Somewhere along the line, we grew to love sharing the things we’ve made, our rants and delights, pictures of our pets and our food, and new places to share arrive daily.
At the time of writing, I consider there to be 3 major Social Networks (Twitter, Facebook and Google+) and a handful of players targeting less mass-market audiences (Pinterest for one). But I’m not telling you anything you don’t know, am I? When I say Social Media Networks, you already know who I’m talking about.
You also know about Social Media Buttons. On the Koozai site, there’s ‘Like’, ‘Tweet’, ‘+1’ – these are the brand-specific words for ‘Share’. Linkedin calls it as it is and Stumble Upon stumble behind with their oh-so-compelling button text – ‘Submit’.
But criticisms aside for a moment, let me get down to the point of this post and just say it – graphics, text, size, position, whatever – these buttons are all awful and here’s why.
No, that’s not a typo. Social Media Buttons are all dressed up to look nice, but are they any good?
This year, more than all the years before it, has seen a dramatic rise in the use of mobile phones and tablets to browse the web:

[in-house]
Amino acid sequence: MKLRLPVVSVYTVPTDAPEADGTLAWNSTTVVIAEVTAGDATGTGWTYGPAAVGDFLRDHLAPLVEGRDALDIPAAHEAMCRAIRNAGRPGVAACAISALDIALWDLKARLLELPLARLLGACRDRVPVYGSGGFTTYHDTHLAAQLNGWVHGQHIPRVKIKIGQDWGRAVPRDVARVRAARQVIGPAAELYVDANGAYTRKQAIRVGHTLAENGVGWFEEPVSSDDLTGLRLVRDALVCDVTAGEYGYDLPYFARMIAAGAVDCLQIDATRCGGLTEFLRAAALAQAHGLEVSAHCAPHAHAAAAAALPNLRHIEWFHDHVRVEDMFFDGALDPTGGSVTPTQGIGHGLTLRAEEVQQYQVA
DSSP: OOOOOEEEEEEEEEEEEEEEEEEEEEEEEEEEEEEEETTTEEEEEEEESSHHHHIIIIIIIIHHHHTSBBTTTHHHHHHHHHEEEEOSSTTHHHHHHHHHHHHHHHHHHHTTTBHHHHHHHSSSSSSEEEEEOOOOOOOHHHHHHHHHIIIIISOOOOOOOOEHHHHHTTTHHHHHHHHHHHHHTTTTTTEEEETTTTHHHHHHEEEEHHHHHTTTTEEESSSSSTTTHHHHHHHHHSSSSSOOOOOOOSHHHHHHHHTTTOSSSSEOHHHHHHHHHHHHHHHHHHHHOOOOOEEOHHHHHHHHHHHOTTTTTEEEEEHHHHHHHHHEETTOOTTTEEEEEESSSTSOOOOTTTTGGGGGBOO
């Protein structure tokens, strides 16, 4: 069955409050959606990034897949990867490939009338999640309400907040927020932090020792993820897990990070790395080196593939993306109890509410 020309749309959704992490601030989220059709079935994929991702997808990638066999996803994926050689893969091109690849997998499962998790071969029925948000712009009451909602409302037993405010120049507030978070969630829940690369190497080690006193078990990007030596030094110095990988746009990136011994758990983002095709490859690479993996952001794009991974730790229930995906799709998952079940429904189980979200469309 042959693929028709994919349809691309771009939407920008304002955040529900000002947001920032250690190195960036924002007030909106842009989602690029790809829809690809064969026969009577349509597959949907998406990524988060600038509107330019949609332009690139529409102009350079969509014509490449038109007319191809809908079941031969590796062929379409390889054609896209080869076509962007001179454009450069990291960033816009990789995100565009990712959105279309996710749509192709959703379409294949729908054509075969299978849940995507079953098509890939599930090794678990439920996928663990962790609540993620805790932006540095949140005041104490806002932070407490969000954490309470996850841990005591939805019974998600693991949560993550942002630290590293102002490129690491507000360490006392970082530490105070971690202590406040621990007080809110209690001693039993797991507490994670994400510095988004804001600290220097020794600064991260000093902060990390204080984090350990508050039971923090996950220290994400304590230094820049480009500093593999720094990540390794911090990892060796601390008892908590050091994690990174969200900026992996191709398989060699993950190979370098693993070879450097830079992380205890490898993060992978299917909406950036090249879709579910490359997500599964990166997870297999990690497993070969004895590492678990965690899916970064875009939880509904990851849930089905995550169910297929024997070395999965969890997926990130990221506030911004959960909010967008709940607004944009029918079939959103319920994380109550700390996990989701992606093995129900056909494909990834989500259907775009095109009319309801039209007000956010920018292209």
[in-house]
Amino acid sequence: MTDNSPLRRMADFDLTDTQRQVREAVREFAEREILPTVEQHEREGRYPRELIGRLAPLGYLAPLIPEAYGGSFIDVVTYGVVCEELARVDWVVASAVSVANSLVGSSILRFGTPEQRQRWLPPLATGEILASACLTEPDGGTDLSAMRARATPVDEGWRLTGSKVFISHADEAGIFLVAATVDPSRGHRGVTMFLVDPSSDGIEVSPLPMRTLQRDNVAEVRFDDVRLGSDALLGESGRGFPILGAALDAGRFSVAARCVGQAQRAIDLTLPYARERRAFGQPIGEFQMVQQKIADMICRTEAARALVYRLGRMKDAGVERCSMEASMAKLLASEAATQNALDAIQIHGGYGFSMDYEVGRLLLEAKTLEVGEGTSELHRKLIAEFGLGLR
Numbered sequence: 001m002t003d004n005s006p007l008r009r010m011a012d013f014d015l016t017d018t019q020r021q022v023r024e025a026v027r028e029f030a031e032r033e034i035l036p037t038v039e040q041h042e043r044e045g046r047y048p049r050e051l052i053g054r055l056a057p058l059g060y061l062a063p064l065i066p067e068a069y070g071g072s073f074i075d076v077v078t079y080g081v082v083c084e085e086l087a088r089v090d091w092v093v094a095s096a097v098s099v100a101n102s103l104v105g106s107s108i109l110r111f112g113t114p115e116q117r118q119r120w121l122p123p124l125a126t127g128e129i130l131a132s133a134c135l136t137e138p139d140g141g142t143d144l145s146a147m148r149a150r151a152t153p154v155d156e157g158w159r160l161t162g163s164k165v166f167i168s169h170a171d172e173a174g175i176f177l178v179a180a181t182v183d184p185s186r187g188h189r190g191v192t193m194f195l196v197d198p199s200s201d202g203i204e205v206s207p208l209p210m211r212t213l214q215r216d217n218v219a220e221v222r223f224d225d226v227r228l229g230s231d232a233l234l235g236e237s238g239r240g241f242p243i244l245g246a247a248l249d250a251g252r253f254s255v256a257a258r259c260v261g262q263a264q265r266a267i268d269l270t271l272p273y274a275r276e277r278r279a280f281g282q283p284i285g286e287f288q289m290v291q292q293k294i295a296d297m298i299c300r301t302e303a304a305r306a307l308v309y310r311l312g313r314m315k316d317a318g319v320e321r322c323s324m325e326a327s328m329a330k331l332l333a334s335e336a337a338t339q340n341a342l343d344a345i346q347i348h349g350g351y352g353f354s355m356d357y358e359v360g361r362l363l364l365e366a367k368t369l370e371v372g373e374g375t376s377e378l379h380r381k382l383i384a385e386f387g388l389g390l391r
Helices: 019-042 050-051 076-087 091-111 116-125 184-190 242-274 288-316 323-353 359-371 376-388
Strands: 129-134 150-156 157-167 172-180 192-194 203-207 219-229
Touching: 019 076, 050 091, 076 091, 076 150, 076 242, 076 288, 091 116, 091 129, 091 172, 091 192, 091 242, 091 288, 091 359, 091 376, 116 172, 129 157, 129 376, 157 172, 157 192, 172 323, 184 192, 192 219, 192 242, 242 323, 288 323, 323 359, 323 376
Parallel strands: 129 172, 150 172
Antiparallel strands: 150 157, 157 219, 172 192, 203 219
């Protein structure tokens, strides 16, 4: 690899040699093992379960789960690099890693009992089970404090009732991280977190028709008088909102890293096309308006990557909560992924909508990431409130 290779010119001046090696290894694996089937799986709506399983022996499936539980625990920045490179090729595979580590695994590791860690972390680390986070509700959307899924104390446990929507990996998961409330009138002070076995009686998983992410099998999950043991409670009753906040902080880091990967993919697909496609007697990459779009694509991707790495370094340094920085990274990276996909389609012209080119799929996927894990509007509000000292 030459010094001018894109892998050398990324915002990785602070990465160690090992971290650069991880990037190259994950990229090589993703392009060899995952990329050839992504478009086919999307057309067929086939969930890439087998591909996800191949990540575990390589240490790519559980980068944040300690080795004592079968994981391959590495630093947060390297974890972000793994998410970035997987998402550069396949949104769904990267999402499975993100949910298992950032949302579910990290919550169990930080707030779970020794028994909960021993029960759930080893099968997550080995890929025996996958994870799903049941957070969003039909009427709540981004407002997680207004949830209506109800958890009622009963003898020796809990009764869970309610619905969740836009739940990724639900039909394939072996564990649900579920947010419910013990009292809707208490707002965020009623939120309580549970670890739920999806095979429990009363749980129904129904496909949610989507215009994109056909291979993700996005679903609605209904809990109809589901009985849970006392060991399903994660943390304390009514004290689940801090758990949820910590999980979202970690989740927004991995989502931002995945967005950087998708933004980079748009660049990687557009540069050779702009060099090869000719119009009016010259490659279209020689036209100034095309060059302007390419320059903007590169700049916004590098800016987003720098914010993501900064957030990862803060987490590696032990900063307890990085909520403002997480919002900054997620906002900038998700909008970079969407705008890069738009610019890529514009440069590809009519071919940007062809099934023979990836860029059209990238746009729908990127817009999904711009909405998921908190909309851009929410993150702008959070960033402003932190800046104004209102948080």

• Our Smart Phones are more powerful than the machines we used to get our degrees, and yet they are small and fit so snugly in our pockets, we have to pat ourselves down to discover their whereabouts.
• Our tablets sit common-place on our coffee tables and in our kitchens. They stand in for the magazines, recipe books and even TVs we owned as recently as 2010.
• And as common as both, are the apps developed by our beloved Social Networks that let us share our multimedia lives.
So are Social Media Buttons any good? In this multi-device, wireless, portable day and age, I say no. Social Media Buttons load slowly, make huge numbers of network requests and are generally lacking when it comes to ease of use. You may immediately disagree, but just think about the last time you tried to share a piece of content via a Social Media Button when you weren’t already signed in to Facebook or Twitter’s website.